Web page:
Intermixed throughout the garden are various flowers, including lupine (near the back), carnations (in the front), fuschias, some other low plants I can’t remember the names of, and in the back I planted morning glories, but those guys don’t seem very happy either.
The best part about having all this right outside our front door?
Fresh salad any time we want!
What about you, did you plant anything? How is it doing?
In looking back at our weekend, all I can say is, “Wow, now THAT is what a weekend is supposed to look like!” The perfect balance of spending time with friends but having time to yourself, being busy and being able to lay on the sofa.
Our weekend started early by having friends over on Thursday evening for dinner. They ended up inviting us over to “prendre un verre” (have a drink) with them before we all headed out to enjoy “La Fête de la Musique” (The Music Party), an event started in the 80s whereby cities around the world sponsor musicians to play in the street. But in addition to the sponsored musicians, there are many, many more music lovers who set up their bands, instruments or even their speakers on a street corner and entertain passersby.
It was drizzling for most of the evening, but that didn’t stop private entertainers from setting up wherever they could find a dry spot to play their music! This group set up under the awning of a bookstore!
Despite the drizzle and cool temperatures, the streets of the “centre ville” (downtown) were jam-packed. This is a panoramic shot of Place de la Republic with their stage (in the center of the photo) and the crowd the government-sponsored act drew.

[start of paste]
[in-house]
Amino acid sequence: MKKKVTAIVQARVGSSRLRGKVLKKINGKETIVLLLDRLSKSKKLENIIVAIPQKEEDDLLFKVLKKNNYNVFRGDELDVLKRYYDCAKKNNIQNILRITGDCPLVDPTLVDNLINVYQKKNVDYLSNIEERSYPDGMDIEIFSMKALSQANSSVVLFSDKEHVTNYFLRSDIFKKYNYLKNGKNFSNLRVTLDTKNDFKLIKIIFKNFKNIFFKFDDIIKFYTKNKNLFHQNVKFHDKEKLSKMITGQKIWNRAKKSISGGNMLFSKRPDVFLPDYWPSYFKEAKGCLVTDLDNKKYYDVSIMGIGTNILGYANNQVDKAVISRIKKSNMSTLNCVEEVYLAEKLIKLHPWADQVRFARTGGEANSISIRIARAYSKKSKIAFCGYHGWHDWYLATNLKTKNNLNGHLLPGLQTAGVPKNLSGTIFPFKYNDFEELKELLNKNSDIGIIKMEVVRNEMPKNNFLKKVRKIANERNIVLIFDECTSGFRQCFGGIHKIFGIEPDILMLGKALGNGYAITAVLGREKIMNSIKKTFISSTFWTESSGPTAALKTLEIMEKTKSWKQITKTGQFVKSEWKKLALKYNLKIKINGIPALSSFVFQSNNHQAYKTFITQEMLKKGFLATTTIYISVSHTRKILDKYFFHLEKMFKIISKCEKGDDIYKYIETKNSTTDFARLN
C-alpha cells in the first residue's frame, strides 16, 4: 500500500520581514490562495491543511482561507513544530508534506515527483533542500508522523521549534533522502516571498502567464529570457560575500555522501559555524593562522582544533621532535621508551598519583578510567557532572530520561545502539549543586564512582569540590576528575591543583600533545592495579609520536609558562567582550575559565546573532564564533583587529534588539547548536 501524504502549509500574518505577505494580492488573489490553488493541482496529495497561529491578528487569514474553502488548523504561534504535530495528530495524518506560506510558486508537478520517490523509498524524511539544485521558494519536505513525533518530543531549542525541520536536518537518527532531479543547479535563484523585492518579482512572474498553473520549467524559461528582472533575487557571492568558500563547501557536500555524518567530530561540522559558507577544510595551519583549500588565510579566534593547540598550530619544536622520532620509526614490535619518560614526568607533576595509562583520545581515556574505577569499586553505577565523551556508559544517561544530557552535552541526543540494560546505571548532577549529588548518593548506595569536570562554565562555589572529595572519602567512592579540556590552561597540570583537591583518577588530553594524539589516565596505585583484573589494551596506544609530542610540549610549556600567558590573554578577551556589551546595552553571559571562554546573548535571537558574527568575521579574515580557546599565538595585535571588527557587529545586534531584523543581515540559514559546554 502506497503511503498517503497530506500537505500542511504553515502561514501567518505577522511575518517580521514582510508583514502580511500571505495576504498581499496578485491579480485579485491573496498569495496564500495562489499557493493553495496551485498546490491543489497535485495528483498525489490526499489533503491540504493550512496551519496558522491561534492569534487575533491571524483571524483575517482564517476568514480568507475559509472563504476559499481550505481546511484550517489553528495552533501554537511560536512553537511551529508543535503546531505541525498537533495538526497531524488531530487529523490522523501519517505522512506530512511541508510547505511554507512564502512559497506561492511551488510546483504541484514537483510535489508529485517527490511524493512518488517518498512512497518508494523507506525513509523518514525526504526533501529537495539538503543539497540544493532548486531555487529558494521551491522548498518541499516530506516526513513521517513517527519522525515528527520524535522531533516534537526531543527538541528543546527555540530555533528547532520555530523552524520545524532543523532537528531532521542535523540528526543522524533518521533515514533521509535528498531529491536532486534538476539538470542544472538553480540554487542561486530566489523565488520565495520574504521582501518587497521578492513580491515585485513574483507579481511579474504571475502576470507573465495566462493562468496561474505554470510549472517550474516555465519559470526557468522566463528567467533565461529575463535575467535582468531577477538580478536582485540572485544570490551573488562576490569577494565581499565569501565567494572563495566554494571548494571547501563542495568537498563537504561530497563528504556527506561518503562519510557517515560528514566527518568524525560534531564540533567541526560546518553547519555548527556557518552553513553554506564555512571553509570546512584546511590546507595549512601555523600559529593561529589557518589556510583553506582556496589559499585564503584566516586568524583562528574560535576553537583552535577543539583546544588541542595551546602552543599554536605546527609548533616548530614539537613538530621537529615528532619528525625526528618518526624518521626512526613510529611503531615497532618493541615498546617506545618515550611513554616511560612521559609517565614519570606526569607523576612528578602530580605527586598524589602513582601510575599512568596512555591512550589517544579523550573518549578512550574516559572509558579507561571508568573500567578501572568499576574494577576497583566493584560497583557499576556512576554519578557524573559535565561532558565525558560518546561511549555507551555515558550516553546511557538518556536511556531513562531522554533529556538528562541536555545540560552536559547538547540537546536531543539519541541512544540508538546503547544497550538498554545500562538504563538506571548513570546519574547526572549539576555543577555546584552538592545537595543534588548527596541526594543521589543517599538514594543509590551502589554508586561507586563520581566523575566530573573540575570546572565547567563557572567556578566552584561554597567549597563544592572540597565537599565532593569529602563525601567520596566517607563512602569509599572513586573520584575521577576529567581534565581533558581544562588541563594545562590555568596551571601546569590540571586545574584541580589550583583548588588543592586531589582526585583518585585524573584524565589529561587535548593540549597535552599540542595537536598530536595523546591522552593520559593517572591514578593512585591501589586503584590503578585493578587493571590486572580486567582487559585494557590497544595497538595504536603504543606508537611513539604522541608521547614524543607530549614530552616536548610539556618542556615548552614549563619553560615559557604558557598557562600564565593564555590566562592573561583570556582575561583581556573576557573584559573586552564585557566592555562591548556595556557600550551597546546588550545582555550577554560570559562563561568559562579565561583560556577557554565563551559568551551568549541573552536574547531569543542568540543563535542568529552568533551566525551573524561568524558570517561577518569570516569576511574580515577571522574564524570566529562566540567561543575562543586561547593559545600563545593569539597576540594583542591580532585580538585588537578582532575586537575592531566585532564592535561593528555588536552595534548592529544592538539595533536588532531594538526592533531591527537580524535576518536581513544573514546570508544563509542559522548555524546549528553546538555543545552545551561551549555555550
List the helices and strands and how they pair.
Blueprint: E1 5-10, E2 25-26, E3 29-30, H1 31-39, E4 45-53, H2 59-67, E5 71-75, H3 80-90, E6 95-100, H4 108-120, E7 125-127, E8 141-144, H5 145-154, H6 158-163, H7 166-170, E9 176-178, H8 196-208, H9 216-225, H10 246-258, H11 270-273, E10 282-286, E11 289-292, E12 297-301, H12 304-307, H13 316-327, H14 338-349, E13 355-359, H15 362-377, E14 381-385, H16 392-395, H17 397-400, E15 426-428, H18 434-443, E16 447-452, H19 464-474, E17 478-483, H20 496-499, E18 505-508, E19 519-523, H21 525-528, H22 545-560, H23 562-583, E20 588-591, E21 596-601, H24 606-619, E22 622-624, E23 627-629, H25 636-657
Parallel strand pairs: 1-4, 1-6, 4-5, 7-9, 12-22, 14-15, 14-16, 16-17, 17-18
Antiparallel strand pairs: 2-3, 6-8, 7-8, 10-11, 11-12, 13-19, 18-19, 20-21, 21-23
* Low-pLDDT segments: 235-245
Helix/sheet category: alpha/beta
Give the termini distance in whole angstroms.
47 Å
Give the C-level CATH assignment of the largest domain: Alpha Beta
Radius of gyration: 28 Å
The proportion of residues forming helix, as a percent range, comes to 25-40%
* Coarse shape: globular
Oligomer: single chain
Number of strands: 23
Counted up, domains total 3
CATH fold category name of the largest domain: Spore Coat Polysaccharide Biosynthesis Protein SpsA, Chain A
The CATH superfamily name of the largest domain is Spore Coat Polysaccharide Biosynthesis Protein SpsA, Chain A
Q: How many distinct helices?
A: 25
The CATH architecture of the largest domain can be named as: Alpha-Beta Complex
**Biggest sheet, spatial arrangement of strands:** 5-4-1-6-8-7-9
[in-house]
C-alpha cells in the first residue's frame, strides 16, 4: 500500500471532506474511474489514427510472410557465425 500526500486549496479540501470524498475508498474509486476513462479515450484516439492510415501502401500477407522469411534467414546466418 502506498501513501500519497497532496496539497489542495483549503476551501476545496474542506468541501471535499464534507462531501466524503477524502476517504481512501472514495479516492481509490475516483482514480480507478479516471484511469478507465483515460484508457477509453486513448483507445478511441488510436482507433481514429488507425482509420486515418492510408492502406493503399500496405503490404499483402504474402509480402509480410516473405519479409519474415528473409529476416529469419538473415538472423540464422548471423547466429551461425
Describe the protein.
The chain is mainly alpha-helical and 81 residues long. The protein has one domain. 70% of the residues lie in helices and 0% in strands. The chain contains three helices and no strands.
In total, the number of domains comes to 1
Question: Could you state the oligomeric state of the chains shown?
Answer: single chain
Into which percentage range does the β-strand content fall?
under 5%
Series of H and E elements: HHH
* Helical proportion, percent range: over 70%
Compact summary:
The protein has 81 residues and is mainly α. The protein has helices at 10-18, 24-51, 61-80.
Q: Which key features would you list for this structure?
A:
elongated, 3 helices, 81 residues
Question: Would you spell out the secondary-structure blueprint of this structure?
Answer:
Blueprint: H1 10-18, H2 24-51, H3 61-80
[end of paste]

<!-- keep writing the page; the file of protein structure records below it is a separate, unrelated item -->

As we wound our way around the city, we heard it all: French music, world music, American music (all genres), classical music, rap, pop, and even country music, complete with country line dancing!
And of course there were food vendors. Oliver’s favorite was the “barbe á papa” (Papa’s beard, or cotton candy as we know of it!)
Then Saturday was “La Fête des Ponts” (The Party of the Bridges). I can’t really find out the purpose of the “fête” other than to celebrate two medieval bridges in the city, Le Pont St Etienne and Le Pont St Martial. The former was rebuilt in the XIII century over the foundations of a Roman bridge built in the 1st century! (It always amazes to find out the age of things here! In the US something built in the 1800s is old!) The former bridge has a similar history, except that it was destroyed in the 11th century Henry II, Kind of England and the lord of Limoges had the original Greco-Roman bridge destroyed to punish the city of Limoges for it’s infidelity.
The weekend of “La Fête des Ponts” is traditionally considered the start of summer for the area (although Oliver still has two weeks of school left!).
Along one side of the Vienne (the river running through the city) a carnival was set up with the carnival games and some smaller rides for the kids to enjoy.
The other side of the river had a music stage, food stands, and plenty of space for us to sit and wait for the fireworks (which didn’t start until 11pm because it doesn’t get dark until then!)
The fireworks were definitely worth the wait and wet feet (while we were waiting they had a “spectacle” which consisted of a couple of boats going up and down the river, which in turn caused waves and doused my sneaker-wearing feet!).
Then finally, Sunday it was back down to the river to check out the “vide greniers” (empty attic, basically a community rummage sale). We found a pair of framed prints that Hubby liked, and of course Oliver wanted every toy he saw.
Then it was home to take care of the 5 kilos of strawberries we got at the farmers market in Panazol that morning. I ended up freezing three 4-cup batches, and then making this and this, which turned out like this:
Definitely a great weekend!
What did you do this weekend?
How is it that I don’t work at a paying job but I don’t have any time during the day to do the things I would like to do the most?! *O*M*G I’m a… a housewife! (I say that with all the love, admiration, and respect for all the housewives out there!)